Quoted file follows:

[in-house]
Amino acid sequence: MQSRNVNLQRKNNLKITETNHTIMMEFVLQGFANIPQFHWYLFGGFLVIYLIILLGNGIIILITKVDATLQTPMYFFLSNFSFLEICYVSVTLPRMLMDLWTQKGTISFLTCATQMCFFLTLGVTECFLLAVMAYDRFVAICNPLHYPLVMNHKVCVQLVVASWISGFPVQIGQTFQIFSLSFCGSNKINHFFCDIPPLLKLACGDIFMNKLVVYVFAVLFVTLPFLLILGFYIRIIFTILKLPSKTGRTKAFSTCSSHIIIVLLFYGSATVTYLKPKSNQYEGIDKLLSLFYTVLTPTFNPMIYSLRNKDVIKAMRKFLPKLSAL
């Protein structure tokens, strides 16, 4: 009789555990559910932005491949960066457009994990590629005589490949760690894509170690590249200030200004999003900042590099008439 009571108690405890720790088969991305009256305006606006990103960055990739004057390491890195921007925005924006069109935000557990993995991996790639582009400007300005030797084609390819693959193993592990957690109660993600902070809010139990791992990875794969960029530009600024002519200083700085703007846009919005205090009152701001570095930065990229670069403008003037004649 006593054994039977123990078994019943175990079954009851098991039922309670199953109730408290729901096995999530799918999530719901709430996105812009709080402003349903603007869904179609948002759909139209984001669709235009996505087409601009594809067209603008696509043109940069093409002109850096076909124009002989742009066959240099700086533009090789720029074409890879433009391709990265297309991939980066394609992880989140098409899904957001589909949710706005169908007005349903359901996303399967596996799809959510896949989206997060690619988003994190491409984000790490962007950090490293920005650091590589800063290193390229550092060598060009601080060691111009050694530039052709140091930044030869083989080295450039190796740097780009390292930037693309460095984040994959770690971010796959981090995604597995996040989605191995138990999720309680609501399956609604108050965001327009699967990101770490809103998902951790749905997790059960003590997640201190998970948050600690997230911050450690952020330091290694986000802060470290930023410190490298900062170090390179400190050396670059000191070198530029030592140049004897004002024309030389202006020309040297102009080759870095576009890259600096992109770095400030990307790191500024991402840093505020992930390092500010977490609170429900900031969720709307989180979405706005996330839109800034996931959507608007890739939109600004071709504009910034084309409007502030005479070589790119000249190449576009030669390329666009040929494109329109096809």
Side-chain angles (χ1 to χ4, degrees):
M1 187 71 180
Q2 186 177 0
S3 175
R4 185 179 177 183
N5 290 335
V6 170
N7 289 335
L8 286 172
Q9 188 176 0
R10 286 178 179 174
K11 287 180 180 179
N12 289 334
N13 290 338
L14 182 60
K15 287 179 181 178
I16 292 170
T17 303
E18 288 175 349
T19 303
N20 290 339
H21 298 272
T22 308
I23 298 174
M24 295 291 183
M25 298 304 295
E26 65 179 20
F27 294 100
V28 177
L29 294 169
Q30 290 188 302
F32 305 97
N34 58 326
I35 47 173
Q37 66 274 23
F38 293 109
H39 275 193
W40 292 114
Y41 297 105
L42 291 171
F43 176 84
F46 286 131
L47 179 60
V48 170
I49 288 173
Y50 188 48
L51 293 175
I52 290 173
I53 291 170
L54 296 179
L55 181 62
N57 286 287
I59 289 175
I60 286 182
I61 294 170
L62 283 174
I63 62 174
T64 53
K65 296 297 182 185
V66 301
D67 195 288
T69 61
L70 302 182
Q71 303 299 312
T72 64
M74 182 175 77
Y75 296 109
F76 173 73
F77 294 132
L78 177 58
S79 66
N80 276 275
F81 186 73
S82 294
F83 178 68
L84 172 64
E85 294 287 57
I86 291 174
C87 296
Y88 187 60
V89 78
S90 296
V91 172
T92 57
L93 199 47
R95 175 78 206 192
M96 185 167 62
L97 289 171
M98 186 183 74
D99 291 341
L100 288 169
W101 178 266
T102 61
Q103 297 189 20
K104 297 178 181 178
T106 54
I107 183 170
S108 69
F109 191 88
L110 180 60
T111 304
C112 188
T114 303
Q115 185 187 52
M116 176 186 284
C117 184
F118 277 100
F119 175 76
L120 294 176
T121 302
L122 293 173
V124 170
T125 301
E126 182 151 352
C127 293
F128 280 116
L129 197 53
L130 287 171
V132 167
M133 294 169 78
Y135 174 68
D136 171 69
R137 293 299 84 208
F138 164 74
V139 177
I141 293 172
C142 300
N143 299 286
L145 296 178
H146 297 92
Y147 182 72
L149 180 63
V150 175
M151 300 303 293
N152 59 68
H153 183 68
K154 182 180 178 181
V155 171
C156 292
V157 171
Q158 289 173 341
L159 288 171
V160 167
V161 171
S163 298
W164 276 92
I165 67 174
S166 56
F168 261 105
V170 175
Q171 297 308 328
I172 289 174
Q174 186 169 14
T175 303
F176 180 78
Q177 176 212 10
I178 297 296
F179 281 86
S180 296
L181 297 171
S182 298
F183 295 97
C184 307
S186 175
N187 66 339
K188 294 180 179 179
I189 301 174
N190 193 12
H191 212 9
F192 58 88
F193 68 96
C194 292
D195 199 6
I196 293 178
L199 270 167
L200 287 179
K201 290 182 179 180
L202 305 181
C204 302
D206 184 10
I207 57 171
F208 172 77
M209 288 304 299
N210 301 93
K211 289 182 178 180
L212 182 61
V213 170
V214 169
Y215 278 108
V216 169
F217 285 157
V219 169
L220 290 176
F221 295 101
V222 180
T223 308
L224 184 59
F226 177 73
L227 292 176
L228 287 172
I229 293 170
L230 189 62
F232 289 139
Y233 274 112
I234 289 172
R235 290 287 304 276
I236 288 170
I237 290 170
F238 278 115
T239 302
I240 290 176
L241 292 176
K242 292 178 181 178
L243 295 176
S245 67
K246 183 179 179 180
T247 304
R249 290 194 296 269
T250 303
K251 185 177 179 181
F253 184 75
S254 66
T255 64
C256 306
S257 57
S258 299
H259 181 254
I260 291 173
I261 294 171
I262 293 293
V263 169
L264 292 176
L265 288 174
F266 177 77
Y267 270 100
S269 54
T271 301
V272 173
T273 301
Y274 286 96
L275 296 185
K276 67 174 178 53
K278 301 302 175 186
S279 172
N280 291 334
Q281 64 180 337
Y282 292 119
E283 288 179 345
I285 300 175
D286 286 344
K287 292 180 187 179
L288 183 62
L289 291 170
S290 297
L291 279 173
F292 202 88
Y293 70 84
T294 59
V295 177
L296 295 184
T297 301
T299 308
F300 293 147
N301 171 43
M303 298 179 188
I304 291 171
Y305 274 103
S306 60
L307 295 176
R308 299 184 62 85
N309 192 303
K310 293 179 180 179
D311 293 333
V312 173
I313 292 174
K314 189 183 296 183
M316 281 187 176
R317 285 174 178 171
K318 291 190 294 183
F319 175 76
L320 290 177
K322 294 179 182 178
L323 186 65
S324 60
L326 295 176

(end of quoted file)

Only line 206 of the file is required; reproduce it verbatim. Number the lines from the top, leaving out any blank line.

F232 289 139